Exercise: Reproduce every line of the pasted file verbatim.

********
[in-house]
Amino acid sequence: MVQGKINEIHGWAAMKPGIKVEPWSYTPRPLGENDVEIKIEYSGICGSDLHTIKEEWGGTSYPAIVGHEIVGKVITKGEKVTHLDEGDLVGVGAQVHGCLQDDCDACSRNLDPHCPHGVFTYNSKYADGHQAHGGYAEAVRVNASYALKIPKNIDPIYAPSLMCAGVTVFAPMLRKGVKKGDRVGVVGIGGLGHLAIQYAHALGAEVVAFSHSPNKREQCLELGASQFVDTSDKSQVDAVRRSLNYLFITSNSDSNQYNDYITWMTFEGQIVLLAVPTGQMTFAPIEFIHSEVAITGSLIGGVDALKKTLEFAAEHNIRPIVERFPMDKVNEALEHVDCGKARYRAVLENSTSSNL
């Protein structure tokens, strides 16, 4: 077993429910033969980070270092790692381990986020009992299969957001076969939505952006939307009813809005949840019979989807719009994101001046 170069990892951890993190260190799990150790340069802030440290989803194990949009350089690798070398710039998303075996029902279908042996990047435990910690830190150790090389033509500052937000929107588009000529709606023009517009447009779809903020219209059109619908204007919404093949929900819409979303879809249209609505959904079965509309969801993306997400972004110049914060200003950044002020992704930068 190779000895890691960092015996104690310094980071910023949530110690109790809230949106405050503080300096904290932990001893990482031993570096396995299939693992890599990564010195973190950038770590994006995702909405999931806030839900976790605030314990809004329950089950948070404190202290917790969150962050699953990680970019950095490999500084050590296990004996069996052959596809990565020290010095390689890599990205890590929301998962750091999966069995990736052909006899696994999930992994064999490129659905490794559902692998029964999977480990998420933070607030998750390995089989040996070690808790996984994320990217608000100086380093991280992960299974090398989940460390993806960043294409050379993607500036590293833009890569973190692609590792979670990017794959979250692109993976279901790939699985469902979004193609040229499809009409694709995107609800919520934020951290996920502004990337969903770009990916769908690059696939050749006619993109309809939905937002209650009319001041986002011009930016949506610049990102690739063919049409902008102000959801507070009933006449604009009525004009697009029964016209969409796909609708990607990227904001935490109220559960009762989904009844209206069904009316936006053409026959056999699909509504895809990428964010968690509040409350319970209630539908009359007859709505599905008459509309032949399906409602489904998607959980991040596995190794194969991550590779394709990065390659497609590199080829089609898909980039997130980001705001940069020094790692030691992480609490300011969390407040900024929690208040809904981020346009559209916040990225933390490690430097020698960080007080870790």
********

[in-house]
Amino acid sequence: MVQGKINEIHGWAAMKPGIKVEPWSYTPRPLGENDVEIKIEYSGICGSDLHTIKEEWGGTSYPAIVGHEIVGKVITKGEKVTHLDEGDLVGVGAQVHGCLQDDCDACSRNLDPHCPHGVFTYNSKYADGHQAHGGYAEAVRVNASYALKIPKNIDPIYAPSLMCAGVTVFAPMLRKGVKKGDRVGVVGIGGLGHLAIQYAHALGAEVVAFSHSPNKREQCLELGASQFVDTSDKSQVDAVRRSLNYLFITSNSDSNQYNDYITWMTFEGQIVLLAVPTGQMTFAPIEFIHSEVAITGSLIGGVDALKKTLEFAAEHNIRPIVERFPMDKVNEALEHVDCGKARYRAVLENSTSSNL
């Protein structure tokens, strides 16, 4: 077993429910033969980070270092790692381990986020009992299969957001076969939505952006939307009813809005949840019979989807719009994101001046 170069990892951890993190260190799990150790340069802030440290989803194990949009350089690798070398710039998303075996029902279908042996990047435990910690830190150790090389033509500052937000929107588009000529709606023009517009447009779809903020219209059109619908204007919404093949929900819409979303879809249209609505959904079965509309969801993306997400972004110049914060200003950044002020992704930068 190779000895890691960092015996104690310094980071910023949530110690109790809230949106405050503080300096904290932990001893990482031993570096396995299939693992890599990564010195973190950038770590994006995702909405999931806030839900976790605030314990809004329950089950948070404190202290917790969150962050699953990680970019950095490999500084050590296990004996069996052959596809990565020290010095390689890599990205890590929301998962750091999966069995990736052909006899696994999930992994064999490129659905490794559902692998029964999977480990998420933070607030998750390995089989040996070690808790996984994320990217608000100086380093991280992960299974090398989940460390993806960043294409050379993607500036590293833009890569973190692609590792979670990017794959979250692109993976279901790939699985469902979004193609040229499809009409694709995107609800919520934020951290996920502004990337969903770009990916769908690059696939050749006619993109309809939905937002209650009319001041986002011009930016949506610049990102690739063919049409902008102000959801507070009933006449604009009525004009697009029964016209969409796909609708990607990227904001935490109220559960009762989904009844209206069904009316936006053409026959056999699909509504895809990428964010968690509040409350319970209630539908009359007859709505599905008459509309032949399906409602489904998607959980991040596995190794194969991550590779394709990065390659497609590199080829089609898909980039997130980001705001940069020094790692030691992480609490300011969390407040900024929690208040809904981020346009559209916040990225933390490690430097020698960080007080870790």